Sunfish (Mola Mola) are a strange and unusual looking fish, being disc-shaped and massive in size, growing to lengths of 14ft and weighing hundreds of pounds. Indeed, along with the European sturgeon and the King of Herrings they are in with a claim of being the largest bony fish in the world. They were previously very rare in UK waters, being a tropical and sub-tropical species, but possibly as a result of global warming they appear to be becoming more common. However, spotting a sunfish (and certainly catching one) in the seas around the UK would still be a notable event, likely to generate local media attention and be of interest to marine biologists and scientists – especially if this happened away from the warmer waters of the south and south-west of England.
Unsurprisingly, the British record for a shore caught sunfish comes from the south-west of England with Mr. M. Merry catching a sunfish weighing 49lbs 4oz from Fisherman’s Cove, Cornwall in 1976 – a large fish to catch from the shore but small by sunfish standards. It is interesting to note that with the apparent rising sea temperatures around the UK this record has stood for over 35 years. Perhaps with increasing range of the sunfish this record will be broken in the near future.
Electric Ray and Marbled Electric Ray
- Electric Ray: 52lb 10oz, Cornwall
- Marbled Electric Ray: 13lb 15oz, Jersey
Electric rays (Torpedo nobiliana) are a species of ray which is actually native to the British Isles, being found in deeper waters around the western coasts of Scotland and Ireland. However, they are much more common in the warmer waters of the Mediterranean and off the coasts of Africa and South and Central America. They can grow to a maximum of around 200lbs and almost six feet in length. They are unusual looking with a dark, sometimes black body, oval shape and smooth, fatty body. As their name implies they are capable of delivering a shock of up to 220 volts – enough to knock a fully grown person off their feet. The marbled electric ray (Torpedo marmorata) is found in similar areas and grows to smaller sizes with a 15lb specimen being considered large.
While both of these species being rare around the shores of the British Isles they both have shore caught records. The largest electric ray ever caught was a 52lb 10z specimen caught by Mr. M. Wills off the Cornish coast in 1980, while a 13lb 15oz marbled electric ray was caught by Mr. M. Porter fishing off the Jersey coast ten years later in 1990.
- Record: 3lb 8dr
- Location of capture: Hartlepool Heugh, County Durham
The Atlantic bonito (Sarda Sarda) is a relatively small species of fish which is broadly similar in appearance to the mackerel. It has two distinct dorsal fins, the first of which is large and is separated from the small, triangular second dorsal fin by a small gap. Coluoration is grey to silver with attractive black/white stripes running down the flanks. The Atlantic bonito is found on both coasts of the Atlantic in warm waters and there are also populations in the Mediterranean sea. Atlantic bonito are active pelagic fish which hunt and feed on all manner of fish and squid which are smaller than themselves. They are an important food fish in many Mediterranean countries.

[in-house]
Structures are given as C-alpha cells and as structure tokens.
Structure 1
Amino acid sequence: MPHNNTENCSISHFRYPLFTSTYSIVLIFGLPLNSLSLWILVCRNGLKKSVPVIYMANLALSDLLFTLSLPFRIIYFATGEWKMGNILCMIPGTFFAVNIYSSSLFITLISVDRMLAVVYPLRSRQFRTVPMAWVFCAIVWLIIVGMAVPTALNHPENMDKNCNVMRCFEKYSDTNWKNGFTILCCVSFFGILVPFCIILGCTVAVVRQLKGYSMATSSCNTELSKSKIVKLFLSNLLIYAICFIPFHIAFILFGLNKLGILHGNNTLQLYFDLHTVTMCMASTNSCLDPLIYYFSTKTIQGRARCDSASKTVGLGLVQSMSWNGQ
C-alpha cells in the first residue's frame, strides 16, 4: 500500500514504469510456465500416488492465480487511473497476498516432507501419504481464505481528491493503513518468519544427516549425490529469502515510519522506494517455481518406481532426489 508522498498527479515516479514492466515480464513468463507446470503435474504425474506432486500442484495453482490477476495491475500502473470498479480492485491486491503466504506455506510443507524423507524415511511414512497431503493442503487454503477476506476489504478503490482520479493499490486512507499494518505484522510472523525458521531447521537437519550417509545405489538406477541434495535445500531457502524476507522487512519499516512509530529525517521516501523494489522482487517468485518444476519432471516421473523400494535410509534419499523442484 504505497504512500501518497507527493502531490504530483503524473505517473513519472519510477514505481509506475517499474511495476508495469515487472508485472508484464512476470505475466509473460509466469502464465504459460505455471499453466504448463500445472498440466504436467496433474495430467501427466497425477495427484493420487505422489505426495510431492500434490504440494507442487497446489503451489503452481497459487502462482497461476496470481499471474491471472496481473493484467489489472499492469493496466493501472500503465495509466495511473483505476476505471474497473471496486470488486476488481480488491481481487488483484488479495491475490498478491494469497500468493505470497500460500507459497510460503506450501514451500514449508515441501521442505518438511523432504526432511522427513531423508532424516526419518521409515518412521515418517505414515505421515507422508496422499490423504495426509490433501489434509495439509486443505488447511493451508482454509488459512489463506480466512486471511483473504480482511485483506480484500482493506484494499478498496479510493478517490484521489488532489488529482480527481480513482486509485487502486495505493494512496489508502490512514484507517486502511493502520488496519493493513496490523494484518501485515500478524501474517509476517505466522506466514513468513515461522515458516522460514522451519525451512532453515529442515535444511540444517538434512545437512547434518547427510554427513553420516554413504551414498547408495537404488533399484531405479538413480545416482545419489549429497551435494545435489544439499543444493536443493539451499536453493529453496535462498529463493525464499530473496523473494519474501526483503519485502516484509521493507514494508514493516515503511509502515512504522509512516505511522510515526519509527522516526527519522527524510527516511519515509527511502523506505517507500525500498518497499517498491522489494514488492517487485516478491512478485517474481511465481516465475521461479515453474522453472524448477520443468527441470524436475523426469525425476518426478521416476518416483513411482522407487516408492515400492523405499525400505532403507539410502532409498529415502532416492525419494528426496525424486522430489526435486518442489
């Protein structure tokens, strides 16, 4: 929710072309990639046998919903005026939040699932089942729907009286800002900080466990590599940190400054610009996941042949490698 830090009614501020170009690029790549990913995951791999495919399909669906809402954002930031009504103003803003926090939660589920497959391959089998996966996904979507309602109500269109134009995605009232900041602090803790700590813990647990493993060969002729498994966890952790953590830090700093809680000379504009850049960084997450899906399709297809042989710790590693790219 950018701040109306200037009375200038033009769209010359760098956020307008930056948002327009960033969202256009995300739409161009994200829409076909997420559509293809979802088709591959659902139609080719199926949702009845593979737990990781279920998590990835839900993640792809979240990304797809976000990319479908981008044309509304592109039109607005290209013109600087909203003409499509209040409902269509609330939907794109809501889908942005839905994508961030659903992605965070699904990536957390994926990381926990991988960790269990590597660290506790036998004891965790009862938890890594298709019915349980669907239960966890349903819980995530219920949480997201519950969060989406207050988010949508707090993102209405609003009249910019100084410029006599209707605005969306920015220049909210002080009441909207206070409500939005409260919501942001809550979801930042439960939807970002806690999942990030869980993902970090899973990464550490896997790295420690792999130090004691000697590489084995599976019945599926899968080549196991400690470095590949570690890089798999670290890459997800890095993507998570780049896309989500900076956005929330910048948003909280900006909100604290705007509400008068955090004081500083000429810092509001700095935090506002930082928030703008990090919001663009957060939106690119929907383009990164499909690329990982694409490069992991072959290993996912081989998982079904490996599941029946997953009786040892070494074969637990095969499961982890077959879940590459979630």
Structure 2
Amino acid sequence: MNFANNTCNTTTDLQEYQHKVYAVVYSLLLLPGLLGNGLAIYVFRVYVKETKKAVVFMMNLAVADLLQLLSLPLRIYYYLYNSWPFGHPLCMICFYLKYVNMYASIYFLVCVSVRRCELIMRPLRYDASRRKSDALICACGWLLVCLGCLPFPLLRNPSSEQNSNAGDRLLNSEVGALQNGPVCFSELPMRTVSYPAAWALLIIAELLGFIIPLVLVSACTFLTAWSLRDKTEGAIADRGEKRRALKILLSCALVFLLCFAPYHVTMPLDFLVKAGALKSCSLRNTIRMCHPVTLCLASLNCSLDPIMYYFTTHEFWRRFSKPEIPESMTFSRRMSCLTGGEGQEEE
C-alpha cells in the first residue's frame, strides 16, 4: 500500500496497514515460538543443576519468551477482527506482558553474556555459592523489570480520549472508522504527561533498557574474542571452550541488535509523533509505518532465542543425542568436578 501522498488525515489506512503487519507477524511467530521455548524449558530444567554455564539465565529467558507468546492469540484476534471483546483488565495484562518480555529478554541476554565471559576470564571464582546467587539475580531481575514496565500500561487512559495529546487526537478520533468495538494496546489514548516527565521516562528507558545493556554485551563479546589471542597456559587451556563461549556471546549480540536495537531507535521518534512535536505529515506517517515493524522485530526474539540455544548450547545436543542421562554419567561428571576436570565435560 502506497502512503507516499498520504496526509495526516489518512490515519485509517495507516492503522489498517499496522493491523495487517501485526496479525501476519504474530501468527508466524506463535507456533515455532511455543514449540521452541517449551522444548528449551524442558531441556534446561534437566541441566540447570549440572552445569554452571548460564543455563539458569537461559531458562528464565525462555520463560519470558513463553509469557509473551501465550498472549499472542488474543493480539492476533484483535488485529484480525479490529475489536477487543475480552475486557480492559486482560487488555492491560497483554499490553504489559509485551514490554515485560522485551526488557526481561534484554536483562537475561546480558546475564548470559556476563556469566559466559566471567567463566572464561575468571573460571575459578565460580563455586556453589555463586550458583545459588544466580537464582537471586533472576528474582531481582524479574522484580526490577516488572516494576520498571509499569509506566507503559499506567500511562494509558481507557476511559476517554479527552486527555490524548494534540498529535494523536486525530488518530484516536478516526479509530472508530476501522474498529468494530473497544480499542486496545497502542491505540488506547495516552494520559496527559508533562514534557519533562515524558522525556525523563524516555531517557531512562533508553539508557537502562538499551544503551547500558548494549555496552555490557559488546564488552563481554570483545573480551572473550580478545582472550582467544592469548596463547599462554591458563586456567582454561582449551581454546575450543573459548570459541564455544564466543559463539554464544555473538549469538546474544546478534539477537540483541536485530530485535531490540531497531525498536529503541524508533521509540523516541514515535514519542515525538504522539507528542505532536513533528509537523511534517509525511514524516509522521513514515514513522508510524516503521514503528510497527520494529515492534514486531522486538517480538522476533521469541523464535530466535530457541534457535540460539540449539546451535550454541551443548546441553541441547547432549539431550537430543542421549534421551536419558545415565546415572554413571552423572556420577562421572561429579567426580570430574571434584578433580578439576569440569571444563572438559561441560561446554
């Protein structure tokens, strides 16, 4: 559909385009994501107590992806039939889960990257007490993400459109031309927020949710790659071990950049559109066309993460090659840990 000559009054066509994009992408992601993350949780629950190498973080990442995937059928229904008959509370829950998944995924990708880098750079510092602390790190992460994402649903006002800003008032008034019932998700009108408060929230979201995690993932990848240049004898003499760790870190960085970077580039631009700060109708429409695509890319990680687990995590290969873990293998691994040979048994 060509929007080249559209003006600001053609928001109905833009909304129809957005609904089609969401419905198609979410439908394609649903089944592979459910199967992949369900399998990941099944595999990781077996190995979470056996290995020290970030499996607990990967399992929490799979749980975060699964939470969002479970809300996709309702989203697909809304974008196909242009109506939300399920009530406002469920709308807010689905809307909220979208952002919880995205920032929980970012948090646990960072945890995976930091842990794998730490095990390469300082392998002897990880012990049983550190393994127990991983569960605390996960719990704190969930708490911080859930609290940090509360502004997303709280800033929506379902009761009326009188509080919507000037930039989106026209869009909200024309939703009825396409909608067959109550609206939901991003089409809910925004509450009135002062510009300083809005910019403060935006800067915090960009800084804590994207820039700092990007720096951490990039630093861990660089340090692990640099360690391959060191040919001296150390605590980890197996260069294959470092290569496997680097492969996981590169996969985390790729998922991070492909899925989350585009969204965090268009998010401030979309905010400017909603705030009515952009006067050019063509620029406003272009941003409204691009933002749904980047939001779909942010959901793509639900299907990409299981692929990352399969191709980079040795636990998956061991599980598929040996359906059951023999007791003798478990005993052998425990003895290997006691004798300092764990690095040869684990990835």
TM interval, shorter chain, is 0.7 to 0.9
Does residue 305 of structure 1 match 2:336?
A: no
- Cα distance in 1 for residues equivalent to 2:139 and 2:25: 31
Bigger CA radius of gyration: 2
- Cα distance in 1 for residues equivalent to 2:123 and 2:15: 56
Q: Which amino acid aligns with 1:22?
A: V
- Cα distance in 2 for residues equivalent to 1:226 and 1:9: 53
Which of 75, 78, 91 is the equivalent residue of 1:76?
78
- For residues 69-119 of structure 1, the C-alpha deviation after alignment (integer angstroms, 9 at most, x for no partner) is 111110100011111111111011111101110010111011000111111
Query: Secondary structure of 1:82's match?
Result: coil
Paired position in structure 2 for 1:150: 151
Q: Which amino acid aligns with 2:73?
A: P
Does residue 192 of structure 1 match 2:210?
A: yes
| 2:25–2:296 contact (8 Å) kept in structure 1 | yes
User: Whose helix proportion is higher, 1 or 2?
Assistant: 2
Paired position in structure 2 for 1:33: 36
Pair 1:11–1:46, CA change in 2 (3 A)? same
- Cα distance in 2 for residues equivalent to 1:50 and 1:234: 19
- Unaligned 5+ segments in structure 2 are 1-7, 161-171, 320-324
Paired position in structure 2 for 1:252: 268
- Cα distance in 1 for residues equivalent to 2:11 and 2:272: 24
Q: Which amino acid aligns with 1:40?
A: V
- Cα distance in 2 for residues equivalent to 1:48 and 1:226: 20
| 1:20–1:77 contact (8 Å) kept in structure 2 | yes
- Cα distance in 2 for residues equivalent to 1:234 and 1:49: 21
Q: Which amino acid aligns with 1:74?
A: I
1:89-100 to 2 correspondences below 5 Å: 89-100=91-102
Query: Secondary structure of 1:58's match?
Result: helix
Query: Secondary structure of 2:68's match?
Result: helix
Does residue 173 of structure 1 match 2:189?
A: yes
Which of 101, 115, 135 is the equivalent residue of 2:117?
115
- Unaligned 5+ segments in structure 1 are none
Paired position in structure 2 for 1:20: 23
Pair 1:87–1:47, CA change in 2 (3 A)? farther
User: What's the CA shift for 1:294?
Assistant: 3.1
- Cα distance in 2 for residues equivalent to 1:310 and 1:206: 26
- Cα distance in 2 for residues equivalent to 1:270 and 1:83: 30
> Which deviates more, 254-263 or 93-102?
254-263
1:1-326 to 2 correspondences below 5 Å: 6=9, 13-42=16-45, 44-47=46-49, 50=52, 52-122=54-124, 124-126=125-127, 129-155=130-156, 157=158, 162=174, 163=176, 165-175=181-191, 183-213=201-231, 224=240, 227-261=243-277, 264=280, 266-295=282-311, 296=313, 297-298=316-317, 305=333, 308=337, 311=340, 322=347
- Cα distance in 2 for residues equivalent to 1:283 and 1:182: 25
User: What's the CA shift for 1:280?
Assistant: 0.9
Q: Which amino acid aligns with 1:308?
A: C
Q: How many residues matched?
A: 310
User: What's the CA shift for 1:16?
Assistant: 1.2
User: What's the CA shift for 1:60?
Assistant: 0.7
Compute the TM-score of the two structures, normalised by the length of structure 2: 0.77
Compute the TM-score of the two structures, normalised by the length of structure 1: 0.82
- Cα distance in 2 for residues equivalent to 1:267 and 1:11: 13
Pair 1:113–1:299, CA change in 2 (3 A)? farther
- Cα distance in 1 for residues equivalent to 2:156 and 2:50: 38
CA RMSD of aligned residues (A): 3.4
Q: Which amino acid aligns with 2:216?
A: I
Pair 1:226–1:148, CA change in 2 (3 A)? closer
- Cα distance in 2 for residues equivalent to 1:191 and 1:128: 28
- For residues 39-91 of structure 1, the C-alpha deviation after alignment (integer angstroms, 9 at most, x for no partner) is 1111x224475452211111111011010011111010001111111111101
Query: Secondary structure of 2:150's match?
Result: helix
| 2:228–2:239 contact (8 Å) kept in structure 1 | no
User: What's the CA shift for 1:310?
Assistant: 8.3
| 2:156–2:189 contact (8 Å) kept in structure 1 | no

Like most of the fish species featured on this page the Atlantic bonito is a vagrant visitor to UK waters, with no ready explanation as to why this warm water species can be found in the temperate waters around the UK. The previous British record was a 2lb 10oz specimen caught from St. Bride’s Bay in Pembrokeshire, south-west Wales by P. Blanning in 1996. However, this was beaten by a 3lb 8dr Atlantic bonito caught at Hartlepool Heugh in North East England by J. MacGregor in 2015.
- Record: 2lb 2oz
- Location of capture: The Lizard, Cornwall
The Guinean Amberjack (Seriola carpenteri) is a warm water fish with a relatively limited distribution, being found mostly along the west coast of Africa, although there are also thought to be populations in the Mediterranean. This species is fast moving with short, powerful fins (similar to a tuna) and can grow up to three feet in length, but is usually less than half of this size. An active hunter, the Guinean amberjack swims in mid-water, preying on smaller fish and squid. As might be expected the Guinean amberjack is only found in UK waters on a very rare basis, when vagrants may for unknown reasons find their way into British waters. The British shore caught record for this species was caught at The Lizard, Cornwall by Mr. B. Adams who caught a 2lb 2oz specimen in 2004.
- Record: Not recorded – see below
- Location of capture: Dover Breakwater, Kent
While it does not have an official shore caught record angler Martin White did earn himself a place on the Notable Fish List of the British Rod Caught Fish Committee when he caught a striped bass (Morone saxatilis) when fishing off Dover Breakwater in Kent in August 2013. While the striped bass is a massively popular sport fish in the USA it is unheard of for one to cross the Atlantic. Indeed, the fish caught by Mr. White is the first recorded incidence of this species being caught anywhere in UK waters.